It is no secret that I’m an animal lover, though some people don’t know of my adoration for sea creatures. At one point in my adolescence I was pretty self-assured that I wanted to be an oceanographer, and was active in organizations such as Oceana. I attended lectures, handed out literature, and was very heavily invested in the exploration of our oceans and in the idea of saving them from human destruction. Eventually I moved on to other pursuits in life, but one thing has never changed: I love all things that live in the ocean. Dolphins, wales, turtles, fish, blob looking creatures with weird names, I love them all. So when planning my last cruise to Jamaica and the Cayman Islands I knew I wanted to do some sort of excursion that would get me up close and personal with SOME sort of animal.
It was a bit hard at first, because the dolphin swims were calling my name. The major thing that was stopping me, however, was the nature in which those swims are set up. The dolphins are kept in captivity, which I don’t like, and I don’t feel right in taking joy from another creatures potential misery. Maybe they treat the dolphins well, I don’t know, but I knew it had to be something that involved animals not in containment or if they were contained then at a sanctuary. It was during my research that I found Stingray City and, after doing a lot of reading, I determined that it would be the right fit.
Stingray City is a total tourist destination, but the stingrays are not kept in captivity. They naturally flock to this particular place because that is where the people come, and the people bring food. It’s actually a sandbar pretty far out into the water of the sound off Grand Cayman, so you feel like you’re just hanging out in the middle of the ocean. The stingrays are abundant there, and you have plenty of opportunities to pet, feed, and snorkel with them. Once I found out about it and checked into the prices offered through our cruise ship I knew it was a must-do!
We took a small tour bus (absolutely filled to the brim) from the cruise port to the docks where we would board our boat. The boat ride was actually a great part of the experience, since the guides were all local and strove to make it a good time. The boat was open air with benches in the lower shaded area, and then a top deck where you could sit in the sun. They played music and had free drinks for the trip, which was just long enough to be exciting without being excessive. We navigated out to the sandbar, far enough away from the island that it felt like you were just out in the ocean with nothing around for miles. To be honest the place was rather crowded, there were a lot of other boats there, but it didn’t feel like too much. Each boat had its own little area, and once all the engines died down the waves were pretty manageable if a bit rough at times.
As soon as the boat was parked they gave us instructions on how to avoid being stung (watch for the stingers!) and how to approach and pet the rays. It was a little bit intimidating at first, southern stingrays are BIG, but eventually we all hopped into the water with all the stingrays.
It was so cool! The stingrays are a bit like big floppy salt water puppies, curious about people and eager to see if you have any food to offer them. They’ll just swim right up to you or glide past your legs, not the least bit afraid. I was more scared of them than they were of me, which is definitely not the norm when dealing with any sort of wild animal. The guides held rays for people to pet, and offered snorkeling gear for those who wanted to get a good underwater view. They took a lot of posed pictures, which were cheesy but fun, and mostly we just hung out in the water enjoying the day. The water was super warm, fairly calm, and it was a nice sunny day. The water at the sandbar was so clear you could see everything, which made the experience even more cool. You didn’t have to snorkel, you could just stand there and see everything going on under the water. It was honestly sort of surreal, but in the best way possible.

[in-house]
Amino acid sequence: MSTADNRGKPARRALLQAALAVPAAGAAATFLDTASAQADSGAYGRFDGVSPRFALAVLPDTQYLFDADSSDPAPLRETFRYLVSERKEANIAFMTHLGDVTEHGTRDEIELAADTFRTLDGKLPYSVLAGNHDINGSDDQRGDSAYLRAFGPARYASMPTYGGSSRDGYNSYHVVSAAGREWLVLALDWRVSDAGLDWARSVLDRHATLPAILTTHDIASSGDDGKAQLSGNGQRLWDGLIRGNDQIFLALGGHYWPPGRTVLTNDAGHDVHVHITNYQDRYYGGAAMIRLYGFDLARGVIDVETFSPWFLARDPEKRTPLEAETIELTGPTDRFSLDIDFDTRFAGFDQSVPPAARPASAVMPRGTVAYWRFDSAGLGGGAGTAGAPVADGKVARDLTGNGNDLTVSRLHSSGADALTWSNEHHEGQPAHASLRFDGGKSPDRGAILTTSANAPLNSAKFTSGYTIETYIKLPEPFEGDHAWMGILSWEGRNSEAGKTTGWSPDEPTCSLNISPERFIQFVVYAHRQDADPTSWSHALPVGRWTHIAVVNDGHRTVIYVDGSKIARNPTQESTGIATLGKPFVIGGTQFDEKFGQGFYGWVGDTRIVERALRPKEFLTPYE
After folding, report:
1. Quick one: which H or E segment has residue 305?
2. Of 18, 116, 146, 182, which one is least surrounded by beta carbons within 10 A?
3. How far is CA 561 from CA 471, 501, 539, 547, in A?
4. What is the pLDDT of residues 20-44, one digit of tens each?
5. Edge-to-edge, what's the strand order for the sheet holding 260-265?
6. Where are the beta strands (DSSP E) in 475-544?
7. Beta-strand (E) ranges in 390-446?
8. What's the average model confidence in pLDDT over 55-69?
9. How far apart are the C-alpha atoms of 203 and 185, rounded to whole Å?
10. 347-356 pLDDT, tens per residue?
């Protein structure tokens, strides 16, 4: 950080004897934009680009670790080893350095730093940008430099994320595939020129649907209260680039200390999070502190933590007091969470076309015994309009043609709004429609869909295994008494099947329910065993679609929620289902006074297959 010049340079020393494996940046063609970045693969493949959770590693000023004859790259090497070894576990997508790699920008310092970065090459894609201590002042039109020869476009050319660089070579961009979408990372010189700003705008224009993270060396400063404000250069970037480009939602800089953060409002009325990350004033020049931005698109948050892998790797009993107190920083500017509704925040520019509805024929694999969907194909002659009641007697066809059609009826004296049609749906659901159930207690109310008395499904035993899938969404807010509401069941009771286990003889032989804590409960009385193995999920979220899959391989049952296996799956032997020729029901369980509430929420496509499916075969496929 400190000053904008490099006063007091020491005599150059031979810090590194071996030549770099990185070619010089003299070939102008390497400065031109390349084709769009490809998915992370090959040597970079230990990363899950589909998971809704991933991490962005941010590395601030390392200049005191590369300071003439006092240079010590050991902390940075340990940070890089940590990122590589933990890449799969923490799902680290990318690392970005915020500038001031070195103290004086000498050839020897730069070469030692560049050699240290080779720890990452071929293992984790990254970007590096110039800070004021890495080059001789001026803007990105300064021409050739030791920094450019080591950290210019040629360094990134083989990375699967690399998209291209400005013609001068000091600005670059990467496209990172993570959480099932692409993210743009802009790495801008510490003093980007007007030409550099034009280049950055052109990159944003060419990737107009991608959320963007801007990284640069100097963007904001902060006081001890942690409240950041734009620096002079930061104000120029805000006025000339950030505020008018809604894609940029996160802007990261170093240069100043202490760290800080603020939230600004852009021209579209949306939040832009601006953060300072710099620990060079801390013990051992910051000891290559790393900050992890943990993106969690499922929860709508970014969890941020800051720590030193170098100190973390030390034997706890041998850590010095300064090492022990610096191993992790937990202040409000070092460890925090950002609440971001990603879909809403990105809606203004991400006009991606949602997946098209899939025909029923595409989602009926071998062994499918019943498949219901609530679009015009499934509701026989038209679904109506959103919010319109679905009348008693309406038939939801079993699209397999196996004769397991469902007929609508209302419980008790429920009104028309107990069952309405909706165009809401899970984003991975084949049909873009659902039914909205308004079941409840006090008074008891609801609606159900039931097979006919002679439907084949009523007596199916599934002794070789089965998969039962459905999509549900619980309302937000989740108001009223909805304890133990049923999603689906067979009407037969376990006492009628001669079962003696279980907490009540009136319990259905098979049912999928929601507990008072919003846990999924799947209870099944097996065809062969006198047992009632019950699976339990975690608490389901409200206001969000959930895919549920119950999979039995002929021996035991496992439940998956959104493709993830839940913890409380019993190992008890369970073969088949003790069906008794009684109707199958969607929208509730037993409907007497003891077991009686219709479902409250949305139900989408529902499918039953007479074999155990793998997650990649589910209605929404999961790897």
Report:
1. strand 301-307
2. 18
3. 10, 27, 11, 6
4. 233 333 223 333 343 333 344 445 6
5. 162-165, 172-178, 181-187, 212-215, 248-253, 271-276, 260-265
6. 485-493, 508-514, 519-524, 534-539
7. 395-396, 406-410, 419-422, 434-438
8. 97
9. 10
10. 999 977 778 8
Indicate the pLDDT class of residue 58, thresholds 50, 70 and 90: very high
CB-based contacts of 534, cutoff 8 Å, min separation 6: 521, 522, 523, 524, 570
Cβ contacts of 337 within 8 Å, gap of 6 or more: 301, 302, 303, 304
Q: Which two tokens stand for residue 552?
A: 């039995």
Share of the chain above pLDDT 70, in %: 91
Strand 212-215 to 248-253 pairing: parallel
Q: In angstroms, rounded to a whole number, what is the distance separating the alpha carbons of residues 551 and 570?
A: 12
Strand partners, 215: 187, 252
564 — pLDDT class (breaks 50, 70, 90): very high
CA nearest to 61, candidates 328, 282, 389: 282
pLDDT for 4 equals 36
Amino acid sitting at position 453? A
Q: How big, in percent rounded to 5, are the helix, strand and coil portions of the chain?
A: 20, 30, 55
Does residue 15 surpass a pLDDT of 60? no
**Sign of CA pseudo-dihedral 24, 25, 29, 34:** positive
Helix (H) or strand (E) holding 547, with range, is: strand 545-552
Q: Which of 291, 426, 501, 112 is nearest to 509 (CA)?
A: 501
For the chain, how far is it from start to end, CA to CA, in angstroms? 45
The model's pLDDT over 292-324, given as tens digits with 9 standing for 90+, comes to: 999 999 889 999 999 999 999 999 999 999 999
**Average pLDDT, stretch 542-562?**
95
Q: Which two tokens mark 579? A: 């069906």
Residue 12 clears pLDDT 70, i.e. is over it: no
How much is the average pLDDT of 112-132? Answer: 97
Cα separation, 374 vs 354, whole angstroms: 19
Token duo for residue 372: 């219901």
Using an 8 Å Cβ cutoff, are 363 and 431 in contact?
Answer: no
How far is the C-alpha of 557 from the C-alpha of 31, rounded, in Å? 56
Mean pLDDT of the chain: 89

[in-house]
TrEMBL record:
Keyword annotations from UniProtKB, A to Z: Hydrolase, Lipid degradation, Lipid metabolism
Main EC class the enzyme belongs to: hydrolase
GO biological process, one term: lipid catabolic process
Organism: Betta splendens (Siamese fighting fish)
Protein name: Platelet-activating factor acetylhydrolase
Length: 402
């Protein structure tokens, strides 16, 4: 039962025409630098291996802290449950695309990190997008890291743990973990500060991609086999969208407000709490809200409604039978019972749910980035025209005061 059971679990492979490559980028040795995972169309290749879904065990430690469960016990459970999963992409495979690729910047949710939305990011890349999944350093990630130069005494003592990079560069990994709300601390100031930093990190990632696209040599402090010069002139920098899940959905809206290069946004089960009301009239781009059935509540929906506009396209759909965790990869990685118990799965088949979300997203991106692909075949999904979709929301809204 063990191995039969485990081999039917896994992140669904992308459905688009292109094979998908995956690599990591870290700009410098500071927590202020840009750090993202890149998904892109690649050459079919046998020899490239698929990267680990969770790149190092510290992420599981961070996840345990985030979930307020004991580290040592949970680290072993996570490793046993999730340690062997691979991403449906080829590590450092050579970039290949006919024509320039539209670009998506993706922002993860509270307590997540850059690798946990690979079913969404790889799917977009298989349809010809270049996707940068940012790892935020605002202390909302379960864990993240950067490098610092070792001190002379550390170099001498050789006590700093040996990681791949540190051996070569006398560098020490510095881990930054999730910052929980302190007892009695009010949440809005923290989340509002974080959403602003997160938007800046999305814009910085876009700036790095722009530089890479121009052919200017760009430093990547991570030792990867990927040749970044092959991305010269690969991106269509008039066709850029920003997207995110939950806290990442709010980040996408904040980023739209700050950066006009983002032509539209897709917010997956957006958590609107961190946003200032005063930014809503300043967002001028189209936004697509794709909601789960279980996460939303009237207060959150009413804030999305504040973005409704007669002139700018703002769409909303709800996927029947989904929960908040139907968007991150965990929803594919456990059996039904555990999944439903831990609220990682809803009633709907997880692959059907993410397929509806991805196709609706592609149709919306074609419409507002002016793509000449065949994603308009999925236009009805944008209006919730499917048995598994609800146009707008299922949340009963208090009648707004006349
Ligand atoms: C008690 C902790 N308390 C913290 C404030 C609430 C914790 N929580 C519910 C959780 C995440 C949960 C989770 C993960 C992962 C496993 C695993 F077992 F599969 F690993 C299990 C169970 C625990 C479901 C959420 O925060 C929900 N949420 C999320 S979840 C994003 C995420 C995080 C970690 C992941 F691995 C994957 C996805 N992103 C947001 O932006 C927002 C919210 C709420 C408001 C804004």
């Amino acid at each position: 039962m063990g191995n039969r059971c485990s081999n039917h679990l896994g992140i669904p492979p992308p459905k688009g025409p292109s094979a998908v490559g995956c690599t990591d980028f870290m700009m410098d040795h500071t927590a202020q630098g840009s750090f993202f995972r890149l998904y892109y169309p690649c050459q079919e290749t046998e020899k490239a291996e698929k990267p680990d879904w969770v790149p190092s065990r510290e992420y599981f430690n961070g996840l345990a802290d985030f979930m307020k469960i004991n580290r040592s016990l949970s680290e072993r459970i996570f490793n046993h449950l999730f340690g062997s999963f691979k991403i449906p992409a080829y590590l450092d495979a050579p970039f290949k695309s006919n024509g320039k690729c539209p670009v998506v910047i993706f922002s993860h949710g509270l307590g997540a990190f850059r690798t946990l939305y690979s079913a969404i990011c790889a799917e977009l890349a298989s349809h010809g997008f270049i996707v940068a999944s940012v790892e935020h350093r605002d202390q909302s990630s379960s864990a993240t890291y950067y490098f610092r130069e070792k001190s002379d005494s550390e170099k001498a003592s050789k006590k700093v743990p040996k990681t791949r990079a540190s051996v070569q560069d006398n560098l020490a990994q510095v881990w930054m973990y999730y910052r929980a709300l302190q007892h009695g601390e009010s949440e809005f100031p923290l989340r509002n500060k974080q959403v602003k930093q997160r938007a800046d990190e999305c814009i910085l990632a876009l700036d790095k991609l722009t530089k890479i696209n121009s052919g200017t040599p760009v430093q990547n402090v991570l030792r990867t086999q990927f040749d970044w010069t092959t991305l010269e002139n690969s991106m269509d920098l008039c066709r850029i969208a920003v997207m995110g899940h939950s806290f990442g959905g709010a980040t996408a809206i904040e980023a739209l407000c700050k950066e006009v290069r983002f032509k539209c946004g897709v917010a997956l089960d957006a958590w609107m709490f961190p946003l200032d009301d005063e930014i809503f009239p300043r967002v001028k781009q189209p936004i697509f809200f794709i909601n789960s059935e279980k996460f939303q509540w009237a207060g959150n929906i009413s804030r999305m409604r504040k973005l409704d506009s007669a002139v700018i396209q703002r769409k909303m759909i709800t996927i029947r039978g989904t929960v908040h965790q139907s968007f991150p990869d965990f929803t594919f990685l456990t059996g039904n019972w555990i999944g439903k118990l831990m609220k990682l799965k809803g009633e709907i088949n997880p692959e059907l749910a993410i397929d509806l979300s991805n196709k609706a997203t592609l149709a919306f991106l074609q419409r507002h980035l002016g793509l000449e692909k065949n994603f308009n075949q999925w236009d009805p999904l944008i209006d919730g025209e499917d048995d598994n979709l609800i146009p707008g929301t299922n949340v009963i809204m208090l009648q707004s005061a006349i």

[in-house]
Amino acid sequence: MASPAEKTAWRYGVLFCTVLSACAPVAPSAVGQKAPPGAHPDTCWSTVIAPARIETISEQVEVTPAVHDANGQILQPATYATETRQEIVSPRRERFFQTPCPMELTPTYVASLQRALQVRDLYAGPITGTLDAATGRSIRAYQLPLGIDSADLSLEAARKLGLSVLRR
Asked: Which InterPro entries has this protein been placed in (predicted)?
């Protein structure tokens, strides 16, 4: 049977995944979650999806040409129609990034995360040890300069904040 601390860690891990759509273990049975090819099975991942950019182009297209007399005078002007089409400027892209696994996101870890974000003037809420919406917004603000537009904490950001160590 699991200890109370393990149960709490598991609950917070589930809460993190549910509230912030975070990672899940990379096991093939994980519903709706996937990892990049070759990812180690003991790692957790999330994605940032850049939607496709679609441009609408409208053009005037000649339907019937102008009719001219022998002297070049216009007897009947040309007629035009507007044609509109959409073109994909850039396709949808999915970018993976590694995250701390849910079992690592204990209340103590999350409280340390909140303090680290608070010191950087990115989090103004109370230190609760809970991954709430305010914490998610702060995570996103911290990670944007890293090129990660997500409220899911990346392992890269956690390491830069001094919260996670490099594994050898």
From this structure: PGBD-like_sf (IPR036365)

Petting the stingrays was wonderful, they’re so soft and smooth to touch. My friend fed one a piece of shrimp out of her fist, but I was more interested in just petting them and watching them swim around all the people. You do have to use some level of caution here, because getting stung is a real possibility if you aren’t being careful. So if you do participate in going to Stingray City, keep that in mind! Just stay calm and aware, and enjoy your time while also keeping safety in mind.
Once our time was done we climbed back onto the boat via ladder and were sprayed down from a fresh water hose. We enjoyed some punch on the way back to the island, and were mostly dry from the wind and sun by the time we got back. From there we caught our bus back to the port area and spent a few minutes browsing before we got on the tender back to our ship. The trip in total was a few hours, and it was totally worth the time and the money paid!
You can book an excursion to Stingray City if you’re on a cruise that stops in Grand Cayman through the ship you’re on, or through a private company. There are lots of local charters that go there, which is also a great option for folks who are just staying on the island sans cruise. If you’re a nature lover or just want to experience something totally unique to the island then I highly recommend giving this a try! Especially if you’re like me and you want these experiences without the animals being confined in an isolating environment.
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